Day 2 2016: B is for Behavior

Autism Awareness Month A-Z original 2016
B is for Behavior

Running through Water

IMG_2885B is for Behavior

All behavior serves one of 4 functions.  To gain attention, to escape a situation, to gain access to something (usually tangible) or a response to an internal stimuli such as hunger, illness or exhaustion.  Seriously.  Just 4 reasons anyone does anything.  Think about it…you won’t come up with a 5th..I have tried.  Of course, if it were that simple we would all live in harmony.  However, there are some times it gets tricky.  For instance, when a behavior is triggered by something internal, it can be incredibly difficult to identify.  So if a child with autism likes to clap his hands near his ears is it because he likes the sound?  Or is it because he likes how his hands feel when he claps them together?  Or is it because it creates a little wind near his face which he likes?  To make matters even more…

View original post 179 more words

Autism Awareness Month. X is for X-Ray.

Day 24

Sensory differences are a common symptom of autism. Often kids on the spectrum can become overwhelmed by these differences. A1 tells me that a public toilet flushing sounds like a bomb going off and for several years he avoided public restrooms. A2 flaps his arms and locks out his knees whenever he is filled with anxiety. Kind of his virtual rocking chair….or else he is just hoping to fly away from the dentist/barking dog/hand dryer. As autism-folk we try to build awareness by creating overwhelming scenarios to get NTs (neurotypicals–yes, we have a name for you) to sympathize the plight of the kid flicking his fingers in front of his face as a way to stop having his eyes taking a million pictures at once or the kid who is pacing because he can’t tell where his body is in space. But sometimes, I am fairly certain that some of those sensory integration differences are not experienced in a negative way and sometimes there are common things that just look, sound or feel like something not of this world. If I could only take an x-ray of A2s little mind and see what he could for 10 seconds. (Feel free to smile at this picture….)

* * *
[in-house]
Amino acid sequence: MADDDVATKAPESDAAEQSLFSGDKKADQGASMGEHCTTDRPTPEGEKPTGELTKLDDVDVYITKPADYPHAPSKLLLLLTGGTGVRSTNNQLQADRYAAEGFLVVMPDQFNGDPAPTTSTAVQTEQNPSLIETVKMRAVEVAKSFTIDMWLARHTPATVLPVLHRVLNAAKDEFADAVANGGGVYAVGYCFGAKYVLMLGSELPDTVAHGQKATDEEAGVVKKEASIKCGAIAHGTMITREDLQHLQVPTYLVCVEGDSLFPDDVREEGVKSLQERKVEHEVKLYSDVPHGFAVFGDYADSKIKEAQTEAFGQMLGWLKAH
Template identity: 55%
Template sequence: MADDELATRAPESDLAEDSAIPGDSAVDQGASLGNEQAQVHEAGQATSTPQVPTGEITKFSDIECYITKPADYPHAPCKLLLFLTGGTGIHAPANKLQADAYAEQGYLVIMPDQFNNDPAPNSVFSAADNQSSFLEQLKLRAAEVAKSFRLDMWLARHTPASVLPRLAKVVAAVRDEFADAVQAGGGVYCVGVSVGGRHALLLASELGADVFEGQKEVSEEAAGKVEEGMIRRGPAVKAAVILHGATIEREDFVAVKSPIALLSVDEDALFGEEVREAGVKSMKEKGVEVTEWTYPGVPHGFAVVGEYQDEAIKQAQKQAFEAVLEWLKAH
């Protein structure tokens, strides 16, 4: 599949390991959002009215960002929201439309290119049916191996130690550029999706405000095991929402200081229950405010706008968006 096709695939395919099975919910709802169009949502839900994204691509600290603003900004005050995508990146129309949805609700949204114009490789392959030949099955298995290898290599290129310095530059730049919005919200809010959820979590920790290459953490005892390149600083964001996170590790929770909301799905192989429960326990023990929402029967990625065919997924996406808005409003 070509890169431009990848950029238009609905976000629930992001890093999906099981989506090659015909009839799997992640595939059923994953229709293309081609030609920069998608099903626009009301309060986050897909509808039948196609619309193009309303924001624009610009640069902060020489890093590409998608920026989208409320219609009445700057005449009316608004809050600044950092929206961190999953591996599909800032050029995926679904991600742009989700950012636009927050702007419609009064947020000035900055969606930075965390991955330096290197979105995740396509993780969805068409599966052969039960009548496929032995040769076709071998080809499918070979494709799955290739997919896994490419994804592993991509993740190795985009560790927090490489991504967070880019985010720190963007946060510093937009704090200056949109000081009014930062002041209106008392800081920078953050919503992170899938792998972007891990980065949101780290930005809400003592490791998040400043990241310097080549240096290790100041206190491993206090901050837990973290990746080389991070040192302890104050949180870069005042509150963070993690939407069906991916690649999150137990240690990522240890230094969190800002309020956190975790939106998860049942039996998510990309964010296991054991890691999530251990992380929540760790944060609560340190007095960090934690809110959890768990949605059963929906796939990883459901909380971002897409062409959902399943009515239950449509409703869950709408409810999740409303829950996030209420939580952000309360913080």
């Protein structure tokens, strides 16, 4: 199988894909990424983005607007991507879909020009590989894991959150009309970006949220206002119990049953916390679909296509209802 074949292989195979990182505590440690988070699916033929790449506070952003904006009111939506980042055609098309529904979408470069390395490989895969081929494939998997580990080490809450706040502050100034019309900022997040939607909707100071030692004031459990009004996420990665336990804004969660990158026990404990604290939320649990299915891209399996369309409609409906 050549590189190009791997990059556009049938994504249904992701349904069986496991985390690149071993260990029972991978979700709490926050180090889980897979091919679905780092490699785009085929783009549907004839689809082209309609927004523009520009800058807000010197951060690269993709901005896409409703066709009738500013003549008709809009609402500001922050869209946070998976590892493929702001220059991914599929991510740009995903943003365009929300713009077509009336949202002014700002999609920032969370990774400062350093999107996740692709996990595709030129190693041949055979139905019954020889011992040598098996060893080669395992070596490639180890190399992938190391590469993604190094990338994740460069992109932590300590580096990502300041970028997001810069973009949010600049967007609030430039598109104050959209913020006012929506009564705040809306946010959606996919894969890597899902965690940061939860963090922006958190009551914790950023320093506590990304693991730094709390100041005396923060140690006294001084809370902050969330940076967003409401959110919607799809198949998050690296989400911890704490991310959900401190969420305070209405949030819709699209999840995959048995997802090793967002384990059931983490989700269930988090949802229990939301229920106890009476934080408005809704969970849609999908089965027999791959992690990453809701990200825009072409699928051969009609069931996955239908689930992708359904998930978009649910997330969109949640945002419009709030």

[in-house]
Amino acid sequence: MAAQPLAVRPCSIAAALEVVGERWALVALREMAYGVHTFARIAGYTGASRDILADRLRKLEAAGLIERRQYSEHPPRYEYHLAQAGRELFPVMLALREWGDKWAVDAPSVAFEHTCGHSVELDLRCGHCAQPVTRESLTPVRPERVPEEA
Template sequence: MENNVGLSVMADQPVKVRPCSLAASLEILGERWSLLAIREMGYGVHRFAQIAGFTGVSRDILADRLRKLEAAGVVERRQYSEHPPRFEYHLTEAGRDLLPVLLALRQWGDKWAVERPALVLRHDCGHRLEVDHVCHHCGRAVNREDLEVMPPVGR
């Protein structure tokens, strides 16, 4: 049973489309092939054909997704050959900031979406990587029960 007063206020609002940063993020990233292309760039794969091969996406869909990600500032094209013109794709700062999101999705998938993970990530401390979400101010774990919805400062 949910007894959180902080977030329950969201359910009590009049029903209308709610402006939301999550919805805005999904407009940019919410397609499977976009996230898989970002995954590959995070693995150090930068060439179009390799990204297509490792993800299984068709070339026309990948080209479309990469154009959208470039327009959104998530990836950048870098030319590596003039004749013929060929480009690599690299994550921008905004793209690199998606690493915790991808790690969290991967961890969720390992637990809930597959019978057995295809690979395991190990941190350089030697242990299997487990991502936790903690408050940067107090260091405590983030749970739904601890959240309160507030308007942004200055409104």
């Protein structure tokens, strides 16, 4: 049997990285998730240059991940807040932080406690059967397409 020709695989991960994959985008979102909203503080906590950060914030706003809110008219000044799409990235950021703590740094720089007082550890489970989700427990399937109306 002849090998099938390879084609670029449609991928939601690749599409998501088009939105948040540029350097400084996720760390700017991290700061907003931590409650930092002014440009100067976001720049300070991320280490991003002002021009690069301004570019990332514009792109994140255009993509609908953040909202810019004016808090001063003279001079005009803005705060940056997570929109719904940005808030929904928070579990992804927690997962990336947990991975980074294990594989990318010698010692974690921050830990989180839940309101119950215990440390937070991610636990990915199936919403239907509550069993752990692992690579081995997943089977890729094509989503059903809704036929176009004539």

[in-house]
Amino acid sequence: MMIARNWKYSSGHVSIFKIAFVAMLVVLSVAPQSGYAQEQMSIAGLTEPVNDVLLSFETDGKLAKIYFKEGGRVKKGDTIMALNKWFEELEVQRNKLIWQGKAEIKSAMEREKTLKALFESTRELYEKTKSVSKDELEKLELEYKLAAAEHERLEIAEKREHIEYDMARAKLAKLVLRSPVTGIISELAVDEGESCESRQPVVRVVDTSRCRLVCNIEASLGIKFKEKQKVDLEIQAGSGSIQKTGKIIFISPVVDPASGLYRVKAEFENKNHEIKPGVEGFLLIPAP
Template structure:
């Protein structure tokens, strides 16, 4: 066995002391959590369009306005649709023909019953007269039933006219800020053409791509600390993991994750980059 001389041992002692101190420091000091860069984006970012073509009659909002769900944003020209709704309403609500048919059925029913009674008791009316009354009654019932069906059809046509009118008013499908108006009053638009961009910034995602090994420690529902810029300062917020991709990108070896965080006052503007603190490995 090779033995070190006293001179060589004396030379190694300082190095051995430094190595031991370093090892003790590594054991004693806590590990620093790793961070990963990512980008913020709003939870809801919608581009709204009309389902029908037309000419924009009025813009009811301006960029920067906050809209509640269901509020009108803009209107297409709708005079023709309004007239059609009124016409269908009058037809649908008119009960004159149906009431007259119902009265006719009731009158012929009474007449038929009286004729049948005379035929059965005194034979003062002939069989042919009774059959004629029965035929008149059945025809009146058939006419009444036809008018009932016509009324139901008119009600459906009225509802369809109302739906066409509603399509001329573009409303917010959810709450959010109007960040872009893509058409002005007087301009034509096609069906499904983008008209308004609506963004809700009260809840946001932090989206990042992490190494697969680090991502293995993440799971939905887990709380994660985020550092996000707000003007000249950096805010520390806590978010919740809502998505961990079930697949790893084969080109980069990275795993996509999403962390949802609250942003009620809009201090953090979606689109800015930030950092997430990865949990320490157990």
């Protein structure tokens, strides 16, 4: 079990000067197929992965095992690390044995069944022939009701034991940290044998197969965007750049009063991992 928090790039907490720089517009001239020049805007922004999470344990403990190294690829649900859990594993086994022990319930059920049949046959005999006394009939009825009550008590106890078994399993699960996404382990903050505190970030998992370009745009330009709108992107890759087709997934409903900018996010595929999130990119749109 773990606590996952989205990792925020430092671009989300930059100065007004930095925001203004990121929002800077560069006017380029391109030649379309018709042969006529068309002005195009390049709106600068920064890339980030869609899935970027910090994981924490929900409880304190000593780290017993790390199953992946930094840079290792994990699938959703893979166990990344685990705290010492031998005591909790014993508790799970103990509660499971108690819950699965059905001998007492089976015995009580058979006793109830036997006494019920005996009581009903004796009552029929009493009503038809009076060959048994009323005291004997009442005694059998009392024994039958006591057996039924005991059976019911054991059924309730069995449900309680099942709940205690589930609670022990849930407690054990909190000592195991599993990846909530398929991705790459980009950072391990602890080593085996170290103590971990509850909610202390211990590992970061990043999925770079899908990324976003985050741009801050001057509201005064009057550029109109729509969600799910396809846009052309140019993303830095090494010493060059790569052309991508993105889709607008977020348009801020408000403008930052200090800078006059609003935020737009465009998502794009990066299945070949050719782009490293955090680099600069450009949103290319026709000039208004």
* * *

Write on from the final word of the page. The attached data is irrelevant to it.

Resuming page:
Autism Awareness Month. X is for X-Ray.

Day 24

Sensory differences are a common symptom of autism. Often kids on the spectrum can become overwhelmed by these differences. A1 tells me that a public toilet flushing sounds like a bomb going off and for several years he avoided public restrooms. A2 flaps his arms and locks out his knees whenever he is filled with anxiety….kind of his virtual rocking chair….or else he is just hoping to fly away from the dentist/barking dog/hand dryer. As autism-folk we try to build awareness by creating overwhelming scenarios to get NTs (neurotypicals…yes, we have a name for you) to sympathize the plight of the kid flicking his fingers in front of his face as a way to stop having his eyes taking a million pictures at once or the kid who is pacing because he can’t tell where his body is in space. But sometimes, I am fairly certain that some of those sensory integration differences are not experienced in a negative way and sometimes there are common things that just look, sound or feel like something not of this world…..if I could only take an x-ray of A2s little mind and see what he could for 10 seconds….. (…and feel free to smile at this picture….)